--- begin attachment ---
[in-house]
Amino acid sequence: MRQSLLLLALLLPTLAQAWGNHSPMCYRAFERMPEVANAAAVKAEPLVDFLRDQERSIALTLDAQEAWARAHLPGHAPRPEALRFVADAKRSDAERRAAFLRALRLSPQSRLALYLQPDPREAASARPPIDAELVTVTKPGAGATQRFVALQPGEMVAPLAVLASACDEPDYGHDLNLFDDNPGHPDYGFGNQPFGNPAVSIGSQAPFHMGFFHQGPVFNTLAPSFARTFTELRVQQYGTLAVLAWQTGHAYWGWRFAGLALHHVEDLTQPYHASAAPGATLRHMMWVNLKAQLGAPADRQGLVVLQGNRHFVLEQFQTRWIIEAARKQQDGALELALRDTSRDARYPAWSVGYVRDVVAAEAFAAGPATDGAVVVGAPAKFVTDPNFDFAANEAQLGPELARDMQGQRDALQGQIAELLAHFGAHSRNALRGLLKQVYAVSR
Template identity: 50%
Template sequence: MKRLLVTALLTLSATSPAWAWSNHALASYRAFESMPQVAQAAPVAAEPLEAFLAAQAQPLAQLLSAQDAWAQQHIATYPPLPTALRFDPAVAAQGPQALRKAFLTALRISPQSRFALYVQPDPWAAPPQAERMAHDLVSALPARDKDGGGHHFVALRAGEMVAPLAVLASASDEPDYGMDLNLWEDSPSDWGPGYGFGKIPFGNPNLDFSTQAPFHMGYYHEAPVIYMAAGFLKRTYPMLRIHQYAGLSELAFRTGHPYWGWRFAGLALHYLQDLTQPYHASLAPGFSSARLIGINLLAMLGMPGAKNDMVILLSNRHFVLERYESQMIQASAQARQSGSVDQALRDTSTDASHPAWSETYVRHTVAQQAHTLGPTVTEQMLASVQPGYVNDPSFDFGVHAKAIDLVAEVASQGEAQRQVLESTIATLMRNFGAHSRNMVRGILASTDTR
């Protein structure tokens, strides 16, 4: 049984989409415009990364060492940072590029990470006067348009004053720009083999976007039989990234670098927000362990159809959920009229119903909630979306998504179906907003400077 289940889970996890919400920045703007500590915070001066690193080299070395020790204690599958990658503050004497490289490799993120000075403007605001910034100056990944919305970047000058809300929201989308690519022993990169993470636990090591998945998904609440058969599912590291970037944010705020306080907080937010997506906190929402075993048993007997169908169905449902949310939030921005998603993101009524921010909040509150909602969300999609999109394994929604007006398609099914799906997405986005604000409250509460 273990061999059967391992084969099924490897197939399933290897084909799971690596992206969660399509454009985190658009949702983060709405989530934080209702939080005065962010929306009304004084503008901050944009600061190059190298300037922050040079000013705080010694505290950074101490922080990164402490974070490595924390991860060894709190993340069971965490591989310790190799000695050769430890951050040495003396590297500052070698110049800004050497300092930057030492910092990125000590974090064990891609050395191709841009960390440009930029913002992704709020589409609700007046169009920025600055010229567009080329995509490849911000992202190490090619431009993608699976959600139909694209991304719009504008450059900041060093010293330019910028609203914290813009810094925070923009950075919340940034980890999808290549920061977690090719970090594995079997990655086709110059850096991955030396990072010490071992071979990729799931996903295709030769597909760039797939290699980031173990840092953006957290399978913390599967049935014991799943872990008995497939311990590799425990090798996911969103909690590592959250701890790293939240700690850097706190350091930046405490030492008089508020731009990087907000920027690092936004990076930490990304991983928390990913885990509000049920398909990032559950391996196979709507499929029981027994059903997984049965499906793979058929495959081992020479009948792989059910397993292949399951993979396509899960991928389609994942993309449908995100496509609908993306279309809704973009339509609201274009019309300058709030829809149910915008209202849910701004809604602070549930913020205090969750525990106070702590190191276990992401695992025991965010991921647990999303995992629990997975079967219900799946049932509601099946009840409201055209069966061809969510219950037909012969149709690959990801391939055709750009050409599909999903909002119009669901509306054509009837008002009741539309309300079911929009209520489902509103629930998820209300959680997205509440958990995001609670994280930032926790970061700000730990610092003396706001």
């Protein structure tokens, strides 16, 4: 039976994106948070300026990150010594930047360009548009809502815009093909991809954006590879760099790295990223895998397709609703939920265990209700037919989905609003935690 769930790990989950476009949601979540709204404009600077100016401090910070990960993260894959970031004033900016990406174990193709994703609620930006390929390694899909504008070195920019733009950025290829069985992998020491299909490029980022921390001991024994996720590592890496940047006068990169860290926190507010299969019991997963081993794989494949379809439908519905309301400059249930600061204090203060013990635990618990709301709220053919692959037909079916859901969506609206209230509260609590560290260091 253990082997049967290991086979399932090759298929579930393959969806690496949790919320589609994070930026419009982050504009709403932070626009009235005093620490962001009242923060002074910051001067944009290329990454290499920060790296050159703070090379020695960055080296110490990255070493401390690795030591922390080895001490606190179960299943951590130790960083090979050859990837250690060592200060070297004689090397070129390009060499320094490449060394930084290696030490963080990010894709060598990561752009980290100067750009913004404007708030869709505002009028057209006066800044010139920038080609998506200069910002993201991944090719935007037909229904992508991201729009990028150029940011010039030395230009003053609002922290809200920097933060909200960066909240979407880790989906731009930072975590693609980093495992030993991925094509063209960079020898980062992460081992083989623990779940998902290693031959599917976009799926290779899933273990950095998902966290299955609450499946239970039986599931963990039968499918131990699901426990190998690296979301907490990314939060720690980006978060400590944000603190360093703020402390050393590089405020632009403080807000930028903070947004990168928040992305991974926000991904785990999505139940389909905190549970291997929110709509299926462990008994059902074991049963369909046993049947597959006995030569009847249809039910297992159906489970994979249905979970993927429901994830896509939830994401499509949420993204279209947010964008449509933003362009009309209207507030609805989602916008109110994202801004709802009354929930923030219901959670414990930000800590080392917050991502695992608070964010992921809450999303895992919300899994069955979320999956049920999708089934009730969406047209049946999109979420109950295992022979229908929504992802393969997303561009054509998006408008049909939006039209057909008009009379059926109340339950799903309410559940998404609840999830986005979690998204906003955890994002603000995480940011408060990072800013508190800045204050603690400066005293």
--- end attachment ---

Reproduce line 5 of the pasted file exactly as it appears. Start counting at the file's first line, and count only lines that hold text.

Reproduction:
């Protein structure tokens, strides 16, 4: 049984989409415009990364060492940072590029990470006067348009004053720009083999976007039989990234670098927000362990159809959920009229119903909630979306998504179906907003400077 289940889970996890919400920045703007500590915070001066690193080299070395020790204690599958990658503050004497490289490799993120000075403007605001910034100056990944919305970047000058809300929201989308690519022993990169993470636990090591998945998904609440058969599912590291970037944010705020306080907080937010997506906190929402075993048993007997169908169905449902949310939030921005998603993101009524921010909040509150909602969300999609999109394994929604007006398609099914799906997405986005604000409250509460 273990061999059967391992084969099924490897197939399933290897084909799971690596992206969660399509454009985190658009949702983060709405989530934080209702939080005065962010929306009304004084503008901050944009600061190059190298300037922050040079000013705080010694505290950074101490922080990164402490974070490595924390991860060894709190993340069971965490591989310790190799000695050769430890951050040495003396590297500052070698110049800004050497300092930057030492910092990125000590974090064990891609050395191709841009960390440009930029913002992704709020589409609700007046169009920025600055010229567009080329995509490849911000992202190490090619431009993608699976959600139909694209991304719009504008450059900041060093010293330019910028609203914290813009810094925070923009950075919340940034980890999808290549920061977690090719970090594995079997990655086709110059850096991955030396990072010490071992071979990729799931996903295709030769597909760039797939290699980031173990840092953006957290399978913390599967049935014991799943872990008995497939311990590799425990090798996911969103909690590592959250701890790293939240700690850097706190350091930046405490030492008089508020731009990087907000920027690092936004990076930490990304991983928390990913885990509000049920398909990032559950391996196979709507499929029981027994059903997984049965499906793979058929495959081992020479009948792989059910397993292949399951993979396509899960991928389609994942993309449908995100496509609908993306279309809704973009339509609201274009019309300058709030829809149910915008209202849910701004809604602070549930913020205090969750525990106070702590190191276990992401695992025991965010991921647990999303995992629990997975079967219900799946049932509601099946009840409201055209069966061809969510219950037909012969149709690959990801391939055709750009050409599909999903909002119009669901509306054509009837008002009741539309309300079911929009209520489902509103629930998820209300959680997205509440958990995001609670994280930032926790970061700000730990610092003396706001």